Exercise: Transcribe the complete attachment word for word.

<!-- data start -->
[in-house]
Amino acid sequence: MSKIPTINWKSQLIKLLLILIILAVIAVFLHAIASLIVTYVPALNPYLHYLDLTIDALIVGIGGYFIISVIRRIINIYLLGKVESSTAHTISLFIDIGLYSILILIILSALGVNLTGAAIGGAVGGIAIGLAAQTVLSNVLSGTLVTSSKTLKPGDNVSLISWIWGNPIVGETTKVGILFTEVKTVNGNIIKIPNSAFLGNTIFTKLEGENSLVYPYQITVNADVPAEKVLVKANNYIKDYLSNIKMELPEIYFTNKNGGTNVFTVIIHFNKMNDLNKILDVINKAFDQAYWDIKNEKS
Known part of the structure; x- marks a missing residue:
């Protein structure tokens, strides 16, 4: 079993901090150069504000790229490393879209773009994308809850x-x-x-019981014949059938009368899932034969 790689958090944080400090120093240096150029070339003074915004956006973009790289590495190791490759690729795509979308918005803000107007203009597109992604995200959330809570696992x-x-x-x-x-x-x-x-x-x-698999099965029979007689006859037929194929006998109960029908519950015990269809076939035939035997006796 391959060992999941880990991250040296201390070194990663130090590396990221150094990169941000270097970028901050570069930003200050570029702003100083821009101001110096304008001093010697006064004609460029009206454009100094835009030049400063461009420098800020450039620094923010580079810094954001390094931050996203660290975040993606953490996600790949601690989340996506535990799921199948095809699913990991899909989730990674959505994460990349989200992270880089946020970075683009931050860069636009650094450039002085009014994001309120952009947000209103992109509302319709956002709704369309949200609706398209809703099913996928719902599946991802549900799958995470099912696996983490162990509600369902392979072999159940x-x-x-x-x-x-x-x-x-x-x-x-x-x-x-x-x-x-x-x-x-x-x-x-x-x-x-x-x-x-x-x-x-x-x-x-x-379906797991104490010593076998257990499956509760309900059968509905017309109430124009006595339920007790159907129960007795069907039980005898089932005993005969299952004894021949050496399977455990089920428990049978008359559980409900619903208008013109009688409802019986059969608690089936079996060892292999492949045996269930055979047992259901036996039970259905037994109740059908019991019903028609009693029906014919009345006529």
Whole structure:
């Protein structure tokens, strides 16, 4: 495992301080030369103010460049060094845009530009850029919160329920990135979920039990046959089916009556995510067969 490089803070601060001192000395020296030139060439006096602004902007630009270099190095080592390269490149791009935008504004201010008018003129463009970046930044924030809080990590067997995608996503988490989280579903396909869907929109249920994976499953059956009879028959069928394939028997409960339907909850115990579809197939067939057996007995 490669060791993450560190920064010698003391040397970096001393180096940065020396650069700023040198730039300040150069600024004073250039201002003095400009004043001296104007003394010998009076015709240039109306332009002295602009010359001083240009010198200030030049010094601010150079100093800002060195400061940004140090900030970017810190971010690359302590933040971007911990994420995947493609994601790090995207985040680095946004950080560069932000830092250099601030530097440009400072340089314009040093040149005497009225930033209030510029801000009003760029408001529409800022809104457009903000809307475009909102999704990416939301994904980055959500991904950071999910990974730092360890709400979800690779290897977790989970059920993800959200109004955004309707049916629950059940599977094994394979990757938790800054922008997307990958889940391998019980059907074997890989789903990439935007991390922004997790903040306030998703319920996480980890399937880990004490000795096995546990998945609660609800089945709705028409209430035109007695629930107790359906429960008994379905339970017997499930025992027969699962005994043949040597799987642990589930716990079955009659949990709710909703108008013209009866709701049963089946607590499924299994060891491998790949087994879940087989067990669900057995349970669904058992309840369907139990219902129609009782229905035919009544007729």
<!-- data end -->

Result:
[in-house]
Amino acid sequence: MSKIPTINWKSQLIKLLLILIILAVIAVFLHAIASLIVTYVPALNPYLHYLDLTIDALIVGIGGYFIISVIRRIINIYLLGKVESSTAHTISLFIDIGLYSILILIILSALGVNLTGAAIGGAVGGIAIGLAAQTVLSNVLSGTLVTSSKTLKPGDNVSLISWIWGNPIVGETTKVGILFTEVKTVNGNIIKIPNSAFLGNTIFTKLEGENSLVYPYQITVNADVPAEKVLVKANNYIKDYLSNIKMELPEIYFTNKNGGTNVFTVIIHFNKMNDLNKILDVINKAFDQAYWDIKNEKS
Known part of the structure; x- marks a missing residue:
């Protein structure tokens, strides 16, 4: 079993901090150069504000790229490393879209773009994308809850x-x-x-019981014949059938009368899932034969 790689958090944080400090120093240096150029070339003074915004956006973009790289590495190791490759690729795509979308918005803000107007203009597109992604995200959330809570696992x-x-x-x-x-x-x-x-x-x-698999099965029979007689006859037929194929006998109960029908519950015990269809076939035939035997006796 391959060992999941880990991250040296201390070194990663130090590396990221150094990169941000270097970028901050570069930003200050570029702003100083821009101001110096304008001093010697006064004609460029009206454009100094835009030049400063461009420098800020450039620094923010580079810094954001390094931050996203660290975040993606953490996600790949601690989340996506535990799921199948095809699913990991899909989730990674959505994460990349989200992270880089946020970075683009931050860069636009650094450039002085009014994001309120952009947000209103992109509302319709956002709704369309949200609706398209809703099913996928719902599946991802549900799958995470099912696996983490162990509600369902392979072999159940x-x-x-x-x-x-x-x-x-x-x-x-x-x-x-x-x-x-x-x-x-x-x-x-x-x-x-x-x-x-x-x-x-x-x-x-x-379906797991104490010593076998257990499956509760309900059968509905017309109430124009006595339920007790159907129960007795069907039980005898089932005993005969299952004894021949050496399977455990089920428990049978008359559980409900619903208008013109009688409802019986059969608690089936079996060892292999492949045996269930055979047992259901036996039970259905037994109740059908019991019903028609009693029906014919009345006529």
Whole structure:
């Protein structure tokens, strides 16, 4: 495992301080030369103010460049060094845009530009850029919160329920990135979920039990046959089916009556995510067969 490089803070601060001192000395020296030139060439006096602004902007630009270099190095080592390269490149791009935008504004201010008018003129463009970046930044924030809080990590067997995608996503988490989280579903396909869907929109249920994976499953059956009879028959069928394939028997409960339907909850115990579809197939067939057996007995 490669060791993450560190920064010698003391040397970096001393180096940065020396650069700023040198730039300040150069600024004073250039201002003095400009004043001296104007003394010998009076015709240039109306332009002295602009010359001083240009010198200030030049010094601010150079100093800002060195400061940004140090900030970017810190971010690359302590933040971007911990994420995947493609994601790090995207985040680095946004950080560069932000830092250099601030530097440009400072340089314009040093040149005497009225930033209030510029801000009003760029408001529409800022809104457009903000809307475009909102999704990416939301994904980055959500991904950071999910990974730092360890709400979800690779290897977790989970059920993800959200109004955004309707049916629950059940599977094994394979990757938790800054922008997307990958889940391998019980059907074997890989789903990439935007991390922004997790903040306030998703319920996480980890399937880990004490000795096995546990998945609660609800089945709705028409209430035109007695629930107790359906429960008994379905339970017997499930025992027969699962005994043949040597799987642990589930716990079955009659949990709710909703108008013209009866709701049963089946607590499924299994060891491998790949087994879940087989067990669900057995349970669904058992309840369907139990219902129609009782229905035919009544007729």